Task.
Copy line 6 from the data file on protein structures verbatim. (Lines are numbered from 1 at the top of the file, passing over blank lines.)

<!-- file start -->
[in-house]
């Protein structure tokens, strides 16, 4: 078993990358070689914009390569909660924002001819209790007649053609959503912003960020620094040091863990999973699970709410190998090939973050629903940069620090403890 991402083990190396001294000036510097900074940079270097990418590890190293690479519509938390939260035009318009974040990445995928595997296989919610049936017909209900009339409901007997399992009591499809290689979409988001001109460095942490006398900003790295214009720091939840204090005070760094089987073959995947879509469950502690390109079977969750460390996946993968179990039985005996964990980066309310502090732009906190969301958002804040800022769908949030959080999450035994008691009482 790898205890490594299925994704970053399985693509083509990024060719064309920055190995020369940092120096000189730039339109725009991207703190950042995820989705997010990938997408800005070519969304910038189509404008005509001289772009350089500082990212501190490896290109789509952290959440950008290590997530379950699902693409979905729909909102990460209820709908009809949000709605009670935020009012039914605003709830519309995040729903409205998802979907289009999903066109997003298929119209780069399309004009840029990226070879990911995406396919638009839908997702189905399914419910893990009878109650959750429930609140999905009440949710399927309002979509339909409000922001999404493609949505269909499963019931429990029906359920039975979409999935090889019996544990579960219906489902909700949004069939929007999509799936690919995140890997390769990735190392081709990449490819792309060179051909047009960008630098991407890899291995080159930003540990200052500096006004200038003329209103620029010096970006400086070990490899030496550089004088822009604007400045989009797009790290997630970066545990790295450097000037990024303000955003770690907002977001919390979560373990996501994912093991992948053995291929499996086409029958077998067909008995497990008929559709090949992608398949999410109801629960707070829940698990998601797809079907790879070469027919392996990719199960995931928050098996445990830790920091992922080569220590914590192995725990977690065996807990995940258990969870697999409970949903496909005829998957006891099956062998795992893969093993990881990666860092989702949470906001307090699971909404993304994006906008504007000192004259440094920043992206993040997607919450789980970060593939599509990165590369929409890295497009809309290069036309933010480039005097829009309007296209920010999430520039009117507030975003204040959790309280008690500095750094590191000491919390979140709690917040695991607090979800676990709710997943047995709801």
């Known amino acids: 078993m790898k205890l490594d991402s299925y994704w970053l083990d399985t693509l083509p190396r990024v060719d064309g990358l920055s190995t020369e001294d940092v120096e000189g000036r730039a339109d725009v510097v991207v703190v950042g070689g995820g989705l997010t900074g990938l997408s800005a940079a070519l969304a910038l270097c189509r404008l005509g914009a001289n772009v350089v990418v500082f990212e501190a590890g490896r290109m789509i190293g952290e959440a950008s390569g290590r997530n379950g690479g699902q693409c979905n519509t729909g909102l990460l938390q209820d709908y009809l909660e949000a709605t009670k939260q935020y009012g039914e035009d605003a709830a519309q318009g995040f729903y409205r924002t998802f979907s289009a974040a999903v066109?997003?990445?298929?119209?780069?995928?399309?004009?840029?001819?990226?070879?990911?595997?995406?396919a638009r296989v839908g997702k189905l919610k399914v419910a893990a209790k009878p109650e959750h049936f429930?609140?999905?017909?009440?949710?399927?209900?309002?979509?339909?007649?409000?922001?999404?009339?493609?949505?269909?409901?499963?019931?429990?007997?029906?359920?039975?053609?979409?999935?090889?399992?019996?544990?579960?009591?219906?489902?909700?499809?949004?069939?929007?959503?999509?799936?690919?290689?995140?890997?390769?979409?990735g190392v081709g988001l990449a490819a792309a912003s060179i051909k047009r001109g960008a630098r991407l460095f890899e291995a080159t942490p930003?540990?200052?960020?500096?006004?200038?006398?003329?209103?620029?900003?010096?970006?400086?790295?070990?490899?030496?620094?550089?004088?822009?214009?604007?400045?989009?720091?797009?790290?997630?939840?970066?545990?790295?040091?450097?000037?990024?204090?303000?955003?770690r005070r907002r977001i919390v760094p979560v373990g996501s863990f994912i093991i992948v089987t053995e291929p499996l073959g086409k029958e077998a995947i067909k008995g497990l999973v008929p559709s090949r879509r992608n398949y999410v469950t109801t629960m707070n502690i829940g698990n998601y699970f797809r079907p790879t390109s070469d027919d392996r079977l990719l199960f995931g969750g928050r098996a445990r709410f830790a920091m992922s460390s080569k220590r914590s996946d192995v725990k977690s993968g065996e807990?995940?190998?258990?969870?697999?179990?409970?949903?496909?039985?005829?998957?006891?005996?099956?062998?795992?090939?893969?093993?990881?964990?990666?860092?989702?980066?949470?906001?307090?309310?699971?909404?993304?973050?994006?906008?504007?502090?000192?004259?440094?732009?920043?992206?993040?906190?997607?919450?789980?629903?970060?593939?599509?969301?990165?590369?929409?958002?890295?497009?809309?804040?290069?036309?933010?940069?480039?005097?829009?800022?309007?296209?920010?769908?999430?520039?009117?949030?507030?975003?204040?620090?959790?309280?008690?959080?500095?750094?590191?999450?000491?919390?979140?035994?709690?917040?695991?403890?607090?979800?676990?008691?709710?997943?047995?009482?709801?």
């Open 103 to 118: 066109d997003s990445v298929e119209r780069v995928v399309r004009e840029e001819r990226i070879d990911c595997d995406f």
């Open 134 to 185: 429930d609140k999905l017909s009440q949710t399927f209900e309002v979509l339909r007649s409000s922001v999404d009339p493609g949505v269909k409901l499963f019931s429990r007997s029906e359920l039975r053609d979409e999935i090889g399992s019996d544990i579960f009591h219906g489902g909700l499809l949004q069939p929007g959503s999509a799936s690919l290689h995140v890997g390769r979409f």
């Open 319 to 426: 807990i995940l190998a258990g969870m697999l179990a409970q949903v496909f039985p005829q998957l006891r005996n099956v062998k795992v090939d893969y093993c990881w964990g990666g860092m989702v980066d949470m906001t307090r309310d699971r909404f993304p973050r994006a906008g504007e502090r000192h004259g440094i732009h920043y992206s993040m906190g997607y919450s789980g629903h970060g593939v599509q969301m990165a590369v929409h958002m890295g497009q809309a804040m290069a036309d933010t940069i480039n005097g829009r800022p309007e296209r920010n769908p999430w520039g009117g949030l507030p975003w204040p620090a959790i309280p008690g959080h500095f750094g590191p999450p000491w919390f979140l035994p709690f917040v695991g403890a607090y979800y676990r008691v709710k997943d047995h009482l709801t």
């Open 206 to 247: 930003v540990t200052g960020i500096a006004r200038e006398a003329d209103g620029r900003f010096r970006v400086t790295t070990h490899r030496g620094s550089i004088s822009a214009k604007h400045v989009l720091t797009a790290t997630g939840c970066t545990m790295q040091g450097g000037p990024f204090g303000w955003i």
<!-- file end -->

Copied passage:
């Open 319 to 426: 807990i995940l190998a258990g969870m697999l179990a409970q949903v496909f039985p005829q998957l006891r005996n099956v062998k795992v090939d893969y093993c990881w964990g990666g860092m989702v980066d949470m906001t307090r309310d699971r909404f993304p973050r994006a906008g504007e502090r000192h004259g440094i732009h920043y992206s993040m906190g997607y919450s789980g629903h970060g593939v599509q969301m990165a590369v929409h958002m890295g497009q809309a804040m290069a036309d933010t940069i480039n005097g829009r800022p309007e296209r920010n769908p999430w520039g009117g949030l507030p975003w204040p620090a959790i309280p008690g959080h500095f750094g590191p999450p000491w919390f979140l035994p709690f917040v695991g403890a607090y979800y676990r008691v709710k997943d047995h009482l709801t």